On MarketWatch, Harriet Edleson suggests these questions when opening such an account: “Is the rate an introductory offer?” What is the minimum balance required? What is APY? How is interest compounded? Is check writing included? What fees, if any, are associated with the account, such as using an ATM? How to put money in the account and how to withdraw it? Is the account insured?

A 401 (K) with a matching employer would be ideal, and it’s worth asking when changing jobs if the company offers one. Yet Roth accounts are suitable for people like you who are just starting out in their careers, when their salaries – and their tax brackets – are relatively low. You invest after-tax dollars, but withdraw them tax-free in retirement.

Some of the answers to your question on the Moneyist Facebook page are encouraging: “You are doing very well for your age! I recommend not telling family or friends what you have in savings, investments, retirement accounts, ”one woman wrote. Another added: “I guess you are head and shoulders above most people in your age group.”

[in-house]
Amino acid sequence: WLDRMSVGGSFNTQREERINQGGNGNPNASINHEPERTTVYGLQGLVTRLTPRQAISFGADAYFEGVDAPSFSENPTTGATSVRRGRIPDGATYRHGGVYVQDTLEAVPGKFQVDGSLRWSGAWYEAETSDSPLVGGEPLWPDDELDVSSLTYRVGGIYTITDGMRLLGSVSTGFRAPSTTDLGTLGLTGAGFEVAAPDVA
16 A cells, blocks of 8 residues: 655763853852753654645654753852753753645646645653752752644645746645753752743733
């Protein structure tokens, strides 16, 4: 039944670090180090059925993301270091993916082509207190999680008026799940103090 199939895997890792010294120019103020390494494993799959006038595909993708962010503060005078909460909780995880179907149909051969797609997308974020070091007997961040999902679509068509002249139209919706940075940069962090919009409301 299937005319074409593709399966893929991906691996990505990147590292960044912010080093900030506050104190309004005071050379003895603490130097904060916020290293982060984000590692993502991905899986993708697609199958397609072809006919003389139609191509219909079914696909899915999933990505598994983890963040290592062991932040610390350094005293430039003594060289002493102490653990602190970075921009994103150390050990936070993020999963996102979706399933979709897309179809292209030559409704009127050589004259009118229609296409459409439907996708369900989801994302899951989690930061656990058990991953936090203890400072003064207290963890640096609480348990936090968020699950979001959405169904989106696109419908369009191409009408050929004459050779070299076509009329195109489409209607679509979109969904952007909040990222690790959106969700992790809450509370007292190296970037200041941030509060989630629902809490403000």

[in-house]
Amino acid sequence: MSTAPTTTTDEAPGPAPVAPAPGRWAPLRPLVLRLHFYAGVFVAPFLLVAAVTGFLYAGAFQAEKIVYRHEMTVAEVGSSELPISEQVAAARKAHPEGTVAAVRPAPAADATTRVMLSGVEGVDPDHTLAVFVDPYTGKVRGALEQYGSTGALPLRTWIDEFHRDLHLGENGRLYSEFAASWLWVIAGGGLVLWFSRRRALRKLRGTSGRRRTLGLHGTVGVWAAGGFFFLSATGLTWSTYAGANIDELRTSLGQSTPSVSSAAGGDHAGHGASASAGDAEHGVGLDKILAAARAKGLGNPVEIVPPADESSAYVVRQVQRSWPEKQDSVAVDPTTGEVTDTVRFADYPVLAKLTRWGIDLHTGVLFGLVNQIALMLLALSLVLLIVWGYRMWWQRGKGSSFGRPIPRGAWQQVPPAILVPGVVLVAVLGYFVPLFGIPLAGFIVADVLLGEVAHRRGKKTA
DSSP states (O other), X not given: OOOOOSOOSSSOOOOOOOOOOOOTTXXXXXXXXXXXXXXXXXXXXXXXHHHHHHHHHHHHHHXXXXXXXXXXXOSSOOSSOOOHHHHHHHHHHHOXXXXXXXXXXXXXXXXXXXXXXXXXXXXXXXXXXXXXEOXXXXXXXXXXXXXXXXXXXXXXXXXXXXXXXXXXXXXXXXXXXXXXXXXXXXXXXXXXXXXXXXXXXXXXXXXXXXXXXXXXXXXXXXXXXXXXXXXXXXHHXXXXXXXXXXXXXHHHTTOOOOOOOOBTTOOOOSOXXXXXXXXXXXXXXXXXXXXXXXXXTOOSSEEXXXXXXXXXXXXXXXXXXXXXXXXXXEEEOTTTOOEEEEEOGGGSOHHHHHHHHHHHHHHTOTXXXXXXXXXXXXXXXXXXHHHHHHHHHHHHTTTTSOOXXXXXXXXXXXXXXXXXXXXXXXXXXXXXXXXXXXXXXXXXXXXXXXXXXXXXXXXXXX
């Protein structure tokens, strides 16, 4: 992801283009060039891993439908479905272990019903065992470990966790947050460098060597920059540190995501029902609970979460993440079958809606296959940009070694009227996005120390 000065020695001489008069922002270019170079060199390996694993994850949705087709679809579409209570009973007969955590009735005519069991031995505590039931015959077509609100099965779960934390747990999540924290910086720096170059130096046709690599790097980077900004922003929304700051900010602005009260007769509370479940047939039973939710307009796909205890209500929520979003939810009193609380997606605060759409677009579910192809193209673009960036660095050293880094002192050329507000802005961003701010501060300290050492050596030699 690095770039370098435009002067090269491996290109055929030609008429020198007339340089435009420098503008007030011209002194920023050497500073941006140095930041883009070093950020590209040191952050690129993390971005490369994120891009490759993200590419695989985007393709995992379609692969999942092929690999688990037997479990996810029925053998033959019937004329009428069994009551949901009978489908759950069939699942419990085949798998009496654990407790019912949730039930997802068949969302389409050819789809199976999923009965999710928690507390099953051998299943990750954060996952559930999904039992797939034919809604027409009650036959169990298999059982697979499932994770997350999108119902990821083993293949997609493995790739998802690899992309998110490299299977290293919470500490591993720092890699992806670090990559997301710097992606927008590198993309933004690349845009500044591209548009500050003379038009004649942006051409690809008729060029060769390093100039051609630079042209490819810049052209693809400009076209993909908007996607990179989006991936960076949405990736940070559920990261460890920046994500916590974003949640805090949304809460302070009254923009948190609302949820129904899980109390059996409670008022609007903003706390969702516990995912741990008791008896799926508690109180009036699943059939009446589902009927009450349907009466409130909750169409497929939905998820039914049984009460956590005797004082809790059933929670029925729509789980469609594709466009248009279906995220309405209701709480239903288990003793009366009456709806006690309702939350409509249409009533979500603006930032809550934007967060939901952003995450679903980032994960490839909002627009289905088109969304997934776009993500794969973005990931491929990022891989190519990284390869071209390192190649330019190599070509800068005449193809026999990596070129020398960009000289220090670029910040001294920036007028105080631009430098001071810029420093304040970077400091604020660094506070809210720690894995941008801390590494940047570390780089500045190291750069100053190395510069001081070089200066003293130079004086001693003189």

Some, but not all, retirement reports are becoming increasingly nuanced, addressing issues like COVID-19 and a wide range of eclectic circumstances. What you are building now are your financial muscles: consistency. Keep doing what you are doing. The money you put in your retirement account will increase, and the interest on that money will also increase.

Discover the private Facebook Moneyist group, where we seek answers to life’s toughest money problems. Readers write to me with all kinds of dilemmas. Post your questions, tell me what you want to know more about, or weigh in on the latest Moneyist columns.

The Monetary regrets that he cannot answer the questions individually.